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October 18, 2021 | The Hill
Biden’s agenda are falling victim to arcane Senate rules, and not just the filibuster. Dysfunction is slowing the Senate confirmation process to a crawl too, producing a backlog hundreds of nominees deep. For as long as these delays keep permanent officials out of their intended roles, they will limit the scope and ambition of the Biden administration’s agenda. Senate Democrats must act to change them.
October 07, 2021
“The malfeasance already in the public record is staggering. For the sake of government integrity, the public must learn how deep the rot goes at Powell’s Federal Reserve.”
July 27, 2021
FOIA For Staff Lists and Leadership Directories
Transparency surrounding the identities of the country’s senior-most political leaders should be a given. Unfortunately, the federal government presently falls short in this regard. Inconsistent and insufficient standards for publishing and maintaining leadership and senior staff directories makes it difficult, if not impossible, to learn who occupies hundreds of critical roles throughout the federal government.
June 30, 2021
The Supreme Court Confirms, There Are More Trump Holdovers Left to Fire
With few exceptions, the Biden administration has not moved nearly as quickly to remove Trump holdovers as we had hoped he would. Most of the figures who we identified for immediate removal last November remained in office well past Biden’s day one and some are still there today (day 161). Happily, however, none of that foot-dragging was on display last week after a Supreme Court decision gave Biden the green light to remove Trump’s director of the Federal Housing Finance Agency (FHFA), Mark Calabria. Within hours, Calabria was out and a new acting Director, Sandra Thompson, was in.
December 21, 2020
Biden has long marketed himself as the unity candidate who could appeal to large swaths of the American electorate. So his selection of his old friend Tom Vilsack as USDA Secretary, whose only unifying characteristic is the disdain he has received from a broad coalition of advocacy groups, is perplexing to say the least.
December 15, 2020 | Washington Post
Businesspeople Aren't Bad — But Rigging The System Is
It is a telling misunderstanding of the revolving-door critique to equate Jeffrey D. Zients’s private-sector history with that of all businesses. Mr. Zients is not a wealthy and respected businessman because he made a particularly good widget or displayed unusual managerial skill.
September 01, 2020
Revolving Door Project Seeks to Uncover Politicization of Career Hiring Under Trump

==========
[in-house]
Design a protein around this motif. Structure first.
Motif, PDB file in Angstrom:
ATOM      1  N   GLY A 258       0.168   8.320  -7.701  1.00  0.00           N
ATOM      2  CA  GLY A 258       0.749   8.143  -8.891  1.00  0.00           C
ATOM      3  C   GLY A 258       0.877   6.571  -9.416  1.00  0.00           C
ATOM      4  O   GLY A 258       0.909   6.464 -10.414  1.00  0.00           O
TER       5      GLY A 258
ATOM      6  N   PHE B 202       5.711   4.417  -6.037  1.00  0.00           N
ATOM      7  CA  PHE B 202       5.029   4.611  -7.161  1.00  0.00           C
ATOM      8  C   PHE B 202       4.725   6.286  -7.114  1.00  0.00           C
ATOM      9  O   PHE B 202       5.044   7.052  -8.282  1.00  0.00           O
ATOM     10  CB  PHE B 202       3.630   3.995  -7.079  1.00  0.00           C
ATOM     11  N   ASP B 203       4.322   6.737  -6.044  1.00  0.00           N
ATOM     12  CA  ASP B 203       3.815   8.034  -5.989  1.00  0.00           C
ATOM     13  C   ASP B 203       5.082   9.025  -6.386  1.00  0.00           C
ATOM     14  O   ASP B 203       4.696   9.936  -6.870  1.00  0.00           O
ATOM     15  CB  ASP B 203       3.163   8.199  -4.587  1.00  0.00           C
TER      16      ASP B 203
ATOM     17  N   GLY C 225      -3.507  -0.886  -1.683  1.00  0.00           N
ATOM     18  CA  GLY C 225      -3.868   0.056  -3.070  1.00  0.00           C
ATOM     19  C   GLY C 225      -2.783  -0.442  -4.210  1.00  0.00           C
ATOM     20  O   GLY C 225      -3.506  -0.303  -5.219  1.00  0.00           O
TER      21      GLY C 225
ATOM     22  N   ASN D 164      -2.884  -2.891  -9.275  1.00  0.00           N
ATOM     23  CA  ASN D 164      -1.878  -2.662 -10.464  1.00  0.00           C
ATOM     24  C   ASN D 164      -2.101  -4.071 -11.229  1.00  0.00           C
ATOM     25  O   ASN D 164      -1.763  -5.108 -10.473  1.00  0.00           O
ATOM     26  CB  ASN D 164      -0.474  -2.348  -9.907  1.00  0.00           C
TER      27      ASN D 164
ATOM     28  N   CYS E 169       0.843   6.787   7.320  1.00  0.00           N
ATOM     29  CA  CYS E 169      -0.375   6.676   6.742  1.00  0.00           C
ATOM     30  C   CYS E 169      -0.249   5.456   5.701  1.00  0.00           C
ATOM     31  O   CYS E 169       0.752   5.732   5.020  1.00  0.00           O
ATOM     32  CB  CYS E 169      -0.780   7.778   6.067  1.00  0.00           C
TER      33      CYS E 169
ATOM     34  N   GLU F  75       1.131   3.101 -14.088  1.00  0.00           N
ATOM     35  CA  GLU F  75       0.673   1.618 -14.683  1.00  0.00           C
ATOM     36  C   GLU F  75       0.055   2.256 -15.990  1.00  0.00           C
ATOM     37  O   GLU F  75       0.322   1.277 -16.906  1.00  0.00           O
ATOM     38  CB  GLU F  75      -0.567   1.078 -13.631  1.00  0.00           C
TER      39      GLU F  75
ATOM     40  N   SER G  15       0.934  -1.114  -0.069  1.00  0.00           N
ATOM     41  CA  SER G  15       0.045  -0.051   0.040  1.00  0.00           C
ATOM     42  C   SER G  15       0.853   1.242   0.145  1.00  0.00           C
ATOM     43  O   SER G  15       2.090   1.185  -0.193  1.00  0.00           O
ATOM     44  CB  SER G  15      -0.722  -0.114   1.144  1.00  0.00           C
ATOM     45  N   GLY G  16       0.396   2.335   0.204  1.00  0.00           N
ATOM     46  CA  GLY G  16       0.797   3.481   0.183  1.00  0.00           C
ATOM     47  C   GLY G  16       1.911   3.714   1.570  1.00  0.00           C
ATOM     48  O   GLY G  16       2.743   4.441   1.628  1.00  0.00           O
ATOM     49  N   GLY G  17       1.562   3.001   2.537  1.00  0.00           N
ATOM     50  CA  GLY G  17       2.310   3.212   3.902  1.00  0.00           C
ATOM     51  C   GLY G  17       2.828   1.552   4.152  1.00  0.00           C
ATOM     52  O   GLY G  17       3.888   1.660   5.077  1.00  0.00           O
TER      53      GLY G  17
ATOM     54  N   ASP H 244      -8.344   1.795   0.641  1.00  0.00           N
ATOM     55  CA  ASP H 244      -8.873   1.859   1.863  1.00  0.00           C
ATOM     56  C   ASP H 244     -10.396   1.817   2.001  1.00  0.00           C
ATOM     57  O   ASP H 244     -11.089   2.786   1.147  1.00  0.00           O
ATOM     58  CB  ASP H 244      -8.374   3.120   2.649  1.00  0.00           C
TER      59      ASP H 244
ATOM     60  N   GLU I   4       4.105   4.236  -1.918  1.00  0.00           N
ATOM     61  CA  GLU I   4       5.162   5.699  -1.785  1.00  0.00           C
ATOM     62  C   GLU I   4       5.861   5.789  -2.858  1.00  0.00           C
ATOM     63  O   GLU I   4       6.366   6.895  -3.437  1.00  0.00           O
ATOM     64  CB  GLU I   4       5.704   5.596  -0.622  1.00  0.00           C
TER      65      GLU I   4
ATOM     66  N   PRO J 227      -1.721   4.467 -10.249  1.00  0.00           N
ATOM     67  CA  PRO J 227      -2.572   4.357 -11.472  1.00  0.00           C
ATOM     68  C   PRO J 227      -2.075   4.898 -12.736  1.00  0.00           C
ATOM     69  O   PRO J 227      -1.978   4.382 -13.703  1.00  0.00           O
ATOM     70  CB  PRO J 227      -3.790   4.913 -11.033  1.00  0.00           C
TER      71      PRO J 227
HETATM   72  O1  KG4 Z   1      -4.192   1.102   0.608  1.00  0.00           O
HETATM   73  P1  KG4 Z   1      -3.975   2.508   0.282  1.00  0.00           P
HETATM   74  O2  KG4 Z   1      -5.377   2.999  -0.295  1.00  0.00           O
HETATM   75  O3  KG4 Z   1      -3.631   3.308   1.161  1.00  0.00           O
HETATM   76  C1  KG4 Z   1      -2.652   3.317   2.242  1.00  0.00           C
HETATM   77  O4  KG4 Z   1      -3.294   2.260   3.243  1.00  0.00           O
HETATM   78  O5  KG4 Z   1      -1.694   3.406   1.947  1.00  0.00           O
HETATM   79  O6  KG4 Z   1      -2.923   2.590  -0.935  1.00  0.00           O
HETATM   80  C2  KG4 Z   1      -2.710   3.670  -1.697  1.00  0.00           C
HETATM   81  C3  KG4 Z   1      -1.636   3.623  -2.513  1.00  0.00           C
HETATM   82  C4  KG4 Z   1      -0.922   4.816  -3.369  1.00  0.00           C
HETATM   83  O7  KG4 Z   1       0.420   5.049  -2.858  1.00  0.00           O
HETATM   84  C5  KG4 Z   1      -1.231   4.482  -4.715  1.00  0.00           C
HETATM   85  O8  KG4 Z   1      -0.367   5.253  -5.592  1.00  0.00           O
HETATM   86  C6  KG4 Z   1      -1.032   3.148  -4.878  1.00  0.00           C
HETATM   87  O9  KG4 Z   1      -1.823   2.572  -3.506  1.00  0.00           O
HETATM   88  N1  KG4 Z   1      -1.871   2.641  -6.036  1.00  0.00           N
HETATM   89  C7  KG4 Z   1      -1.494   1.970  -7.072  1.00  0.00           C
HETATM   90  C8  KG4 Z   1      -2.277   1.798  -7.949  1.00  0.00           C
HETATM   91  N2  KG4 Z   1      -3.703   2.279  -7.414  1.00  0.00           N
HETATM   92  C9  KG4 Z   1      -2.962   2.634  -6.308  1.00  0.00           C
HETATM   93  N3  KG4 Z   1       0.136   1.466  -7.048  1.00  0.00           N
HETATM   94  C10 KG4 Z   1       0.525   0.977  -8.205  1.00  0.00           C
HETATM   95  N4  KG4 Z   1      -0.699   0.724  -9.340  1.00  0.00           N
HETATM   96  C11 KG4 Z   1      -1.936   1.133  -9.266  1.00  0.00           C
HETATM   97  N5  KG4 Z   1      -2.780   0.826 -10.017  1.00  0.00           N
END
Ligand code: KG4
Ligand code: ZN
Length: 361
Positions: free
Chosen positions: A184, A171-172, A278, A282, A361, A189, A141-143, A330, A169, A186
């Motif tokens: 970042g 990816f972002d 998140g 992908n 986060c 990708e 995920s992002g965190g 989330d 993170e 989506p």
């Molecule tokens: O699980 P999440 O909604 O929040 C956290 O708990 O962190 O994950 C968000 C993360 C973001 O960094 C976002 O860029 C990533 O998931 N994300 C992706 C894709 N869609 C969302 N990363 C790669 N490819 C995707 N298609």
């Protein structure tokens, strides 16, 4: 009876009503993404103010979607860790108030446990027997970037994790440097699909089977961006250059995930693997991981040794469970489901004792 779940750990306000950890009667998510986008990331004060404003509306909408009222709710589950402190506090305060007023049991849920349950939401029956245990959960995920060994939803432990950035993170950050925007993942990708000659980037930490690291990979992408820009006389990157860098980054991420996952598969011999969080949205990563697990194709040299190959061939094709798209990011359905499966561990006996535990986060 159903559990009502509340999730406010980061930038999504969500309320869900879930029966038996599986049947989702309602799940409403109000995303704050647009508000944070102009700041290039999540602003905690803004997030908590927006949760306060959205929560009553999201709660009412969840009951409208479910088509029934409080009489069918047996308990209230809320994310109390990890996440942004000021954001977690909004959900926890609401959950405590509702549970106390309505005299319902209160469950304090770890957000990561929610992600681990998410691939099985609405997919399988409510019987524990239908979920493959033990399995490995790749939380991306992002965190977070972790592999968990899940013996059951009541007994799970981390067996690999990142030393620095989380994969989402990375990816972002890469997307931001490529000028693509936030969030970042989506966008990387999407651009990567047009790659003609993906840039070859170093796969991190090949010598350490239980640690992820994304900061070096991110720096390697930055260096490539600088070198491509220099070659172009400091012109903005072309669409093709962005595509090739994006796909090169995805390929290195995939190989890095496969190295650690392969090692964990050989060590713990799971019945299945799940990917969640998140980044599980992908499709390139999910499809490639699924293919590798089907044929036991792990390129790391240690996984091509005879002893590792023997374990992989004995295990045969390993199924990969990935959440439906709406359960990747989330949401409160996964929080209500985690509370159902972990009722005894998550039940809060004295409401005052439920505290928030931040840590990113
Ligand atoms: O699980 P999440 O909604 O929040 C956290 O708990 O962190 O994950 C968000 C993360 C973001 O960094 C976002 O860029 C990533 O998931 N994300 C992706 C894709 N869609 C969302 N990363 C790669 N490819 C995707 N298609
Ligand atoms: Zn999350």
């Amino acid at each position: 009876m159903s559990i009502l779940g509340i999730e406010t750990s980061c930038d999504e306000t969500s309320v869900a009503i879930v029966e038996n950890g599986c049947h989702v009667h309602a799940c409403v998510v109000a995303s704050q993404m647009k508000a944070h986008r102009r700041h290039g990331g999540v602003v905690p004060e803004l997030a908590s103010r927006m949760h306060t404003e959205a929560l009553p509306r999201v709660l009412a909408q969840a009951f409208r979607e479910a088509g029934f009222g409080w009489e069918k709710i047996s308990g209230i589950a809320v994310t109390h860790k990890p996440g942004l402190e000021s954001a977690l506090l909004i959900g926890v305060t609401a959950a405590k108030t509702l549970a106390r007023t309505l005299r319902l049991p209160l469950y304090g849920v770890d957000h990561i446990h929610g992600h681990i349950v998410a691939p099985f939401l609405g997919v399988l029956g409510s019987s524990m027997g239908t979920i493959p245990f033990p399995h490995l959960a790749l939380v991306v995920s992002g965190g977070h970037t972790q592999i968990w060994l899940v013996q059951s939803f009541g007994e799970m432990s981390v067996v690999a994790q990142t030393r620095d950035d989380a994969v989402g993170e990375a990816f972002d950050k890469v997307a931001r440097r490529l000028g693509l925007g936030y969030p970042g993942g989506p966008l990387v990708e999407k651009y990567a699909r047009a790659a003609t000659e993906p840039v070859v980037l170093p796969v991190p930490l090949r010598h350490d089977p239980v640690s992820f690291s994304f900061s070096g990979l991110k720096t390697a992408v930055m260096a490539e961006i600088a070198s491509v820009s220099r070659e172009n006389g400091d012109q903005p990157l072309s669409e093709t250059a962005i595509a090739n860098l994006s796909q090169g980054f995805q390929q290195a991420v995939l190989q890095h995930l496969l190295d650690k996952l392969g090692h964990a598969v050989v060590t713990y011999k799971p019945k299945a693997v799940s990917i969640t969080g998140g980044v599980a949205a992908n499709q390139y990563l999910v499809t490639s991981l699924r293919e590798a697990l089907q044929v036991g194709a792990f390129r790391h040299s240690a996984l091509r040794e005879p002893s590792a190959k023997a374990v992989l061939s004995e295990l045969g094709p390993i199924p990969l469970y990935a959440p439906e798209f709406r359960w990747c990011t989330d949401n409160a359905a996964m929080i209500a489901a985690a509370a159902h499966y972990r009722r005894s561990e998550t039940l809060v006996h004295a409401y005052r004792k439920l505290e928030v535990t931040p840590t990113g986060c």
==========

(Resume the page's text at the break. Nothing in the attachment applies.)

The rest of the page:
Today, the Revolving Door Project is introducing a new initiative to uncover and draw attention to the ways the Trump administration may be seeking to interfere with the federal government’s ability to effectively serve the public interest over the long-term. RDP has issued Freedom of Information Act (FOIA) requests for the resumes of new hires at 10 federal departments and agencies. We seek to determine if hiring for career positions has been subjected to political influence. It is our hope that, by identifying potential instances of politicization, we can build political support for efforts to reverse any damage.
September 16, 2019
Revolving Door Project Probes Thiel's White House Connection
Washington is awash with proposals for a new regulatory agency centered on Silicon Valley. Often lost in that important conversation is the fact that the executive branch already has some positions with a direct focus on the technology sector, though they are limited in scope and scattered across the alphabet-soup of agencies. Perhaps no tech-focused bureaucrat has the president’s ear quite like the Chief Technology Officer. The CTO is the White House’s top advisor on anything to do with technology and innovation, tasked with explaining the latest developments and guiding the thinking of the most powerful politician on earth.
July 22, 2019
Revolving Door Project Requests Info On Big Tech Regulators
The Revolving Door Project’s mission is to scrutinize the nexus of corporate power and the executive branch. In the United States, two agencies within the executive branch have the power to seek to break up a company: The Federal Trade Commission (FTC), and the Department of Justice’s (DOJ) Antitrust Division. That is why it is important that we research any entanglements undermining the FTC and DOJ Antitrust’s commitment to serving the public interest.
March 20, 2019
RDP Requests Record of Contracts between BlackRock and Key Federal Agencies
With just under $6 trillion in assets under management (as of year-end 2018) BlackRock is the largest money manager in the world. Virtually unheard of only a decade ago, it has now grown into one of the most powerful forces in financial markets and politics alike. Central to this ascendance was its risk management software, Aladdin. Aladdin — an acronym for Asset Liability and Debt and Derivative Investment Network — has become the “industry’s dominant platform for keeping track of portfolios.” It counts among its clients approximately 200 financial firms who use the software to manage approximately $18 trillion in assets.